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Blanca Borrego Arrest: Undocumented Woman Enters a Healthcare Clinic, Leaves in Handcuffs

First Posted: Sep 16, 2015 12:56 PM EDT
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An undocumented woman entered a health care clinic, and two hours later, she was ushered out wearing handcuffs simply because she had a fake ID.

Blanca Borrego visited the Northeast Women's Healthcare clinic in Atascocita, Texas on Sept. 3 with her two children. She hadn't seen her gynecologist in one year, since she'd discovered that abdominal pain was caused by a cyst, so she sat for two hours waiting for assistance.

Before being seen, Borrego filled out the clinic's paperwork. She was told that her file needed updating, and when she was asked for ID, she used a fake driver's license as a form of identification. When she readied to leave after waiting, the staff finally called her into the examination room. Several minutes later, Harris County Sheriff's deputies marched Borrego out of the clinic, handcuffed. Her two children, who watched on and they began to cry.

Borrego, who overstayed her visa 12 years ago, was charged with one felony count of tampering with a government record. Her attorney, Clarissa Guajardo, indicated that the fake Social Security card found in Borrego's purse, helped to contribute to charges against her. Guajardo expressed dissatisfaction over the clinic's callous decision to call the police on an undocumented immigrant trying to access healthcare, simply because she was under suspicion of possessing a fake ID. The policy HIPAA does allow medical professionals to contact law enforcement if a patient is violent, committing a crime on the premises, or in the case of emergencies. However, Borrego's crime, possessing a fake ID, was certainly not a violent crime.

"Blanca Borrego's arrest is yet another reminder of the unnecessary challenges that immigrants face when attempting to access health care in this country," said Vanessa Gonzalez-Plumhoff, Director of Latino Leadership and Outreach, Planned Parenthood Federation of America, in an e-mail sent to Latin Post. "Members of the immigrant community are our neighbors and our friends, their children sit next to our own, and our health as a society is linked. We know that both native and foreign-born Latinos often need access to affordable health care the most, but are the least likely to have access to it. As a result, we are more likely to be diagnosed with cervical cancer, more likely to die from breast cancer, and have higher rates of HIV and other sexually transmitted infections than other groups in the U.S., all of which can be detected, and in some cases prevented, with equal access to care."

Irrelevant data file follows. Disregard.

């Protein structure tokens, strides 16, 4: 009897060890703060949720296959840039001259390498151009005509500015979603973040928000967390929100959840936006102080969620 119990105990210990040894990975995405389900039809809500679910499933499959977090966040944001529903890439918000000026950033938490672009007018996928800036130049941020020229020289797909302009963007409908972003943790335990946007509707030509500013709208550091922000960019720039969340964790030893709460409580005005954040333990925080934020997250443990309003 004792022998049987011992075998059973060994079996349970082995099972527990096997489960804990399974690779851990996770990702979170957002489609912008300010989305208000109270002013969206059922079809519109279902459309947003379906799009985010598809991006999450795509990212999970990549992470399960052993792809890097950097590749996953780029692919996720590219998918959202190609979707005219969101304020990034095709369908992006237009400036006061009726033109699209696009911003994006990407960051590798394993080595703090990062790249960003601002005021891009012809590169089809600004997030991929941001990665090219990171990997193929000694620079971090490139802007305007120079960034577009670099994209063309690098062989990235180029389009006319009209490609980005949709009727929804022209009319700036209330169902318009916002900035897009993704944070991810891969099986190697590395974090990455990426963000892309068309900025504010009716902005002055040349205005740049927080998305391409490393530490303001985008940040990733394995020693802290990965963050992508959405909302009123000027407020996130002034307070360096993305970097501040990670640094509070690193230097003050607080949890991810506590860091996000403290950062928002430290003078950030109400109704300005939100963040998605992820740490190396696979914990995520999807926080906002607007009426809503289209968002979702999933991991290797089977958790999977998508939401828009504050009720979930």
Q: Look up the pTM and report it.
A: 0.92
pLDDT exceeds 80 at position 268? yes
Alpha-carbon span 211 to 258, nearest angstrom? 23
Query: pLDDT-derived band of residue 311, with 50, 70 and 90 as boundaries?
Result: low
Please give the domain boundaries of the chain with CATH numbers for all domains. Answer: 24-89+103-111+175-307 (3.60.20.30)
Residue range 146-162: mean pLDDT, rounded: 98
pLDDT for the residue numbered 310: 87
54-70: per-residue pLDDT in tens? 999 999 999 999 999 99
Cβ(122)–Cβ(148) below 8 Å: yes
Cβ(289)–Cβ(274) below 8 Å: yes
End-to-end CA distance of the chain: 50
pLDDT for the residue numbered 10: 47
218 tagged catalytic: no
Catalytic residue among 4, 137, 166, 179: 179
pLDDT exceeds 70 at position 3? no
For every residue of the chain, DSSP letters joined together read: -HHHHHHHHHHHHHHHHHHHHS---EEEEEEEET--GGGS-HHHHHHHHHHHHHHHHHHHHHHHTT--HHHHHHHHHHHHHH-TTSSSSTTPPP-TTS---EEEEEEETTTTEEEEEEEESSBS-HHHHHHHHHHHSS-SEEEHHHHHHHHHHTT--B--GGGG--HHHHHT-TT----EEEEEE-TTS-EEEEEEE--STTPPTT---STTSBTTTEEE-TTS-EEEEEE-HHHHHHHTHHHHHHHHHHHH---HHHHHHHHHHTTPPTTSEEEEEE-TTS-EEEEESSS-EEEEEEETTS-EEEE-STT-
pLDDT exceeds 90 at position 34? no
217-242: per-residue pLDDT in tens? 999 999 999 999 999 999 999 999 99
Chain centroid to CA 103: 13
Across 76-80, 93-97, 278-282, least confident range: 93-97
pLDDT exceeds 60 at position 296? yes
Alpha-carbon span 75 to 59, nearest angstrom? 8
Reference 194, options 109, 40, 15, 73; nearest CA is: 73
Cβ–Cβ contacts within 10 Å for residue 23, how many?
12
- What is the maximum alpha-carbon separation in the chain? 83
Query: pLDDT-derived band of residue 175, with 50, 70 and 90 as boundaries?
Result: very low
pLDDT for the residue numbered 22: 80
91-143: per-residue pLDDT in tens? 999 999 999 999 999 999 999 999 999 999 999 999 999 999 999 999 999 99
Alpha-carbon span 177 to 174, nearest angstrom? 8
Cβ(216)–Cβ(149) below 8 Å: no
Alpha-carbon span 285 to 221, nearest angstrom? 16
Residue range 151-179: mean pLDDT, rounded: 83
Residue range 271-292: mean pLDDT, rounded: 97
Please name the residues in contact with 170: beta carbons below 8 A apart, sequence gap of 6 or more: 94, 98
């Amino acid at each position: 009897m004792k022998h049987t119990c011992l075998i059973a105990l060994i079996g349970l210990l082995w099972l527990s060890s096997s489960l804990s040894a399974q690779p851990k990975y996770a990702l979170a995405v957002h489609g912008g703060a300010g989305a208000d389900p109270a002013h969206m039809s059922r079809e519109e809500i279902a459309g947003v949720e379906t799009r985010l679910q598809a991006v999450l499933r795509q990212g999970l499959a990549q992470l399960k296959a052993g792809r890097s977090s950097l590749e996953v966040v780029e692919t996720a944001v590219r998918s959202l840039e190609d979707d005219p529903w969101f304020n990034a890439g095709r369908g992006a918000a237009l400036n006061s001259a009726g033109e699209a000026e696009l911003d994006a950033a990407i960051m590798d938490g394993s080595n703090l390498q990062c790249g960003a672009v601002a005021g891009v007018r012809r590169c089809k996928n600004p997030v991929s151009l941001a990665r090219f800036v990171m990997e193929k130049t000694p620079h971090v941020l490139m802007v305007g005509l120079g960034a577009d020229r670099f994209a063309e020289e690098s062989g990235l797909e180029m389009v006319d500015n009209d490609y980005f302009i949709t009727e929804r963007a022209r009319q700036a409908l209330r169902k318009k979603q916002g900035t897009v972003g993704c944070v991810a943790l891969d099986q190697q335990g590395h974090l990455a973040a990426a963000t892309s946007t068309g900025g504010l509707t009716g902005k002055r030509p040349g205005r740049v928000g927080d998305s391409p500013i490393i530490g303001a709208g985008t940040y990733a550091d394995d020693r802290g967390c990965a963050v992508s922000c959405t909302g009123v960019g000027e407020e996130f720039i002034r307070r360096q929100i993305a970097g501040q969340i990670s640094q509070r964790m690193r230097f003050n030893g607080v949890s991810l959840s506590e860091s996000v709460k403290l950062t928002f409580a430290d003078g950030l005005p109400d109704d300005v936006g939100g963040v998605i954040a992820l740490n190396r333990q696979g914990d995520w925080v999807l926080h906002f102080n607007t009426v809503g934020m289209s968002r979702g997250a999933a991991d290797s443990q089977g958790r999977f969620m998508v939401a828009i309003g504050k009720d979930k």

Borrego's visit to Northeast Women's clinic, which is part of the Memorial Hermann Medical Group was her first. However, she had a standing doctor-patient relationship with the gynecologist she'd been scheduled to visit. According to Borrego's daughter, it's unclear if her mother's doctor even knew if police were being called to arrest one of his patients.

Her husband, who's also undocumented, provided healthcare for Borrego and their family. Borrego and her husband are unauthorized because they overstayed their visa, but Borrego's children were granted temporary legal status through the Obama Administration's Deferred Action for Childhood Arrivals program. One of their daughters graduated from university, but a recently expired work permit has made it impossible for her to find a job or launch her career. Additionally, Borrego's husband also fears facing deportation himself so he has stopped going to work, according to reports.

Currently, Borrego is being held at the Harris County jail on a $35,000 bond. Her family has yet to bond her out because they fear that authorities might take their money and hold her regardless. Nonetheless, it's unclear what will ultimately happen to Borrego because of her immigration status. If she's convicted of a felony, she'll likely be deported back to Mexico, said Borrego's attorney, who still raised questions about the legitimacy of her client's arrest.

"Borrego's arrest re-instills the culture of fear that persists in the immigrant community that keeps many from seeking the often lifesaving care they need," said Gonzalez-Plumhoff, in a statement. Planned Parenthood believes that all women and their families deserve the highest quality of care no matter who they are, where they live, or where they are from -- no matter what. We are committed to serving all with the highest quality of care, without judgment."

Anti-immigrant sentiment continues to endanger the stability of undocumented immigrant families dwelling the U.S. Arresting women and men while they're seeking health care discourages undocumented individuals from seeking necessary medical treatment, and similar fears keep the undocumented community from reaching out to police when they feel that they are in danger.

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